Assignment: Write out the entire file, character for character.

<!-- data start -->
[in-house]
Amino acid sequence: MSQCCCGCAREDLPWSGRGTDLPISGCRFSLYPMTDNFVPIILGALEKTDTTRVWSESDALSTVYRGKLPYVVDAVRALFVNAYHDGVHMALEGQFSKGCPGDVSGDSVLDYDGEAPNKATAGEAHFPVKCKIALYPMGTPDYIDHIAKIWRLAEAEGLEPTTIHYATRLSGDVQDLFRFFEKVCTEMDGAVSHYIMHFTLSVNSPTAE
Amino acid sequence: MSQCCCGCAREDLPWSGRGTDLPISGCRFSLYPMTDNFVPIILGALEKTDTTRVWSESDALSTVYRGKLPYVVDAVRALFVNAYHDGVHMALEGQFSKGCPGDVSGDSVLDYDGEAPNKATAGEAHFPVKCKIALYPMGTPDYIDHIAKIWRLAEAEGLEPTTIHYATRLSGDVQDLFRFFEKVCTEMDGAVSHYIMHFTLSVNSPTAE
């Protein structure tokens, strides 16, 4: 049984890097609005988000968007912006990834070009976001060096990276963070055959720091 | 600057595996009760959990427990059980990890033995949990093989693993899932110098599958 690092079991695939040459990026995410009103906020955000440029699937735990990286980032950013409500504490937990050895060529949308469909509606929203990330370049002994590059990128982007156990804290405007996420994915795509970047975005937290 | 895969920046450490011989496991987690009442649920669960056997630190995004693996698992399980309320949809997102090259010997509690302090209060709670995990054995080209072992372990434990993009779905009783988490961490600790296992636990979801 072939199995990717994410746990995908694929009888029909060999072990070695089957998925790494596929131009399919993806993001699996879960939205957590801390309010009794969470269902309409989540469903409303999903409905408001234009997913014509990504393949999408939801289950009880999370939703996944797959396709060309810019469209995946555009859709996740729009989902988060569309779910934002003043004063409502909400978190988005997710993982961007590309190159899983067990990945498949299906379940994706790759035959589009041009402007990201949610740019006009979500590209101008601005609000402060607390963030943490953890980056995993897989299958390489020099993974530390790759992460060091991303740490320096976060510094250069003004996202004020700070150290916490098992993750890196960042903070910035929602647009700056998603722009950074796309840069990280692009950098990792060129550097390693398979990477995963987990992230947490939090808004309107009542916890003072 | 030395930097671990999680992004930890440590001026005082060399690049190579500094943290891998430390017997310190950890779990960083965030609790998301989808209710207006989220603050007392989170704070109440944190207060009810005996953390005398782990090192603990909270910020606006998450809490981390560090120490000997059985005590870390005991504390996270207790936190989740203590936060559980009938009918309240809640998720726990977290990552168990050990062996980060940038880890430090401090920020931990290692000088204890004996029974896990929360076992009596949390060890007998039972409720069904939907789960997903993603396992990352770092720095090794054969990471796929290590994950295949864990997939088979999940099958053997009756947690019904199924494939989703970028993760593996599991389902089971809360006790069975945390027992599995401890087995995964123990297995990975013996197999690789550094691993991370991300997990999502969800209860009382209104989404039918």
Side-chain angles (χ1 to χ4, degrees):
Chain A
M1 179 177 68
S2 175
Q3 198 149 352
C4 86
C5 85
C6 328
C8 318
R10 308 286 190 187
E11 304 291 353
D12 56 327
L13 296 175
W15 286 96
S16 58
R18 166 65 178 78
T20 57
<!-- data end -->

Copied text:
[in-house]
Amino acid sequence: MSQCCCGCAREDLPWSGRGTDLPISGCRFSLYPMTDNFVPIILGALEKTDTTRVWSESDALSTVYRGKLPYVVDAVRALFVNAYHDGVHMALEGQFSKGCPGDVSGDSVLDYDGEAPNKATAGEAHFPVKCKIALYPMGTPDYIDHIAKIWRLAEAEGLEPTTIHYATRLSGDVQDLFRFFEKVCTEMDGAVSHYIMHFTLSVNSPTAE
Amino acid sequence: MSQCCCGCAREDLPWSGRGTDLPISGCRFSLYPMTDNFVPIILGALEKTDTTRVWSESDALSTVYRGKLPYVVDAVRALFVNAYHDGVHMALEGQFSKGCPGDVSGDSVLDYDGEAPNKATAGEAHFPVKCKIALYPMGTPDYIDHIAKIWRLAEAEGLEPTTIHYATRLSGDVQDLFRFFEKVCTEMDGAVSHYIMHFTLSVNSPTAE
């Protein structure tokens, strides 16, 4: 049984890097609005988000968007912006990834070009976001060096990276963070055959720091 | 600057595996009760959990427990059980990890033995949990093989693993899932110098599958 690092079991695939040459990026995410009103906020955000440029699937735990990286980032950013409500504490937990050895060529949308469909509606929203990330370049002994590059990128982007156990804290405007996420994915795509970047975005937290 | 895969920046450490011989496991987690009442649920669960056997630190995004693996698992399980309320949809997102090259010997509690302090209060709670995990054995080209072992372990434990993009779905009783988490961490600790296992636990979801 072939199995990717994410746990995908694929009888029909060999072990070695089957998925790494596929131009399919993806993001699996879960939205957590801390309010009794969470269902309409989540469903409303999903409905408001234009997913014509990504393949999408939801289950009880999370939703996944797959396709060309810019469209995946555009859709996740729009989902988060569309779910934002003043004063409502909400978190988005997710993982961007590309190159899983067990990945498949299906379940994706790759035959589009041009402007990201949610740019006009979500590209101008601005609000402060607390963030943490953890980056995993897989299958390489020099993974530390790759992460060091991303740490320096976060510094250069003004996202004020700070150290916490098992993750890196960042903070910035929602647009700056998603722009950074796309840069990280692009950098990792060129550097390693398979990477995963987990992230947490939090808004309107009542916890003072 | 030395930097671990999680992004930890440590001026005082060399690049190579500094943290891998430390017997310190950890779990960083965030609790998301989808209710207006989220603050007392989170704070109440944190207060009810005996953390005398782990090192603990909270910020606006998450809490981390560090120490000997059985005590870390005991504390996270207790936190989740203590936060559980009938009918309240809640998720726990977290990552168990050990062996980060940038880890430090401090920020931990290692000088204890004996029974896990929360076992009596949390060890007998039972409720069904939907789960997903993603396992990352770092720095090794054969990471796929290590994950295949864990997939088979999940099958053997009756947690019904199924494939989703970028993760593996599991389902089971809360006790069975945390027992599995401890087995995964123990297995990975013996197999690789550094691993991370991300997990999502969800209860009382209104989404039918």
Side-chain angles (χ1 to χ4, degrees):
Chain A
M1 179 177 68
S2 175
Q3 198 149 352
C4 86
C5 85
C6 328
C8 318
R10 308 286 190 187
E11 304 291 353
D12 56 327
L13 296 175
W15 286 96
S16 58
R18 166 65 178 78
T20 57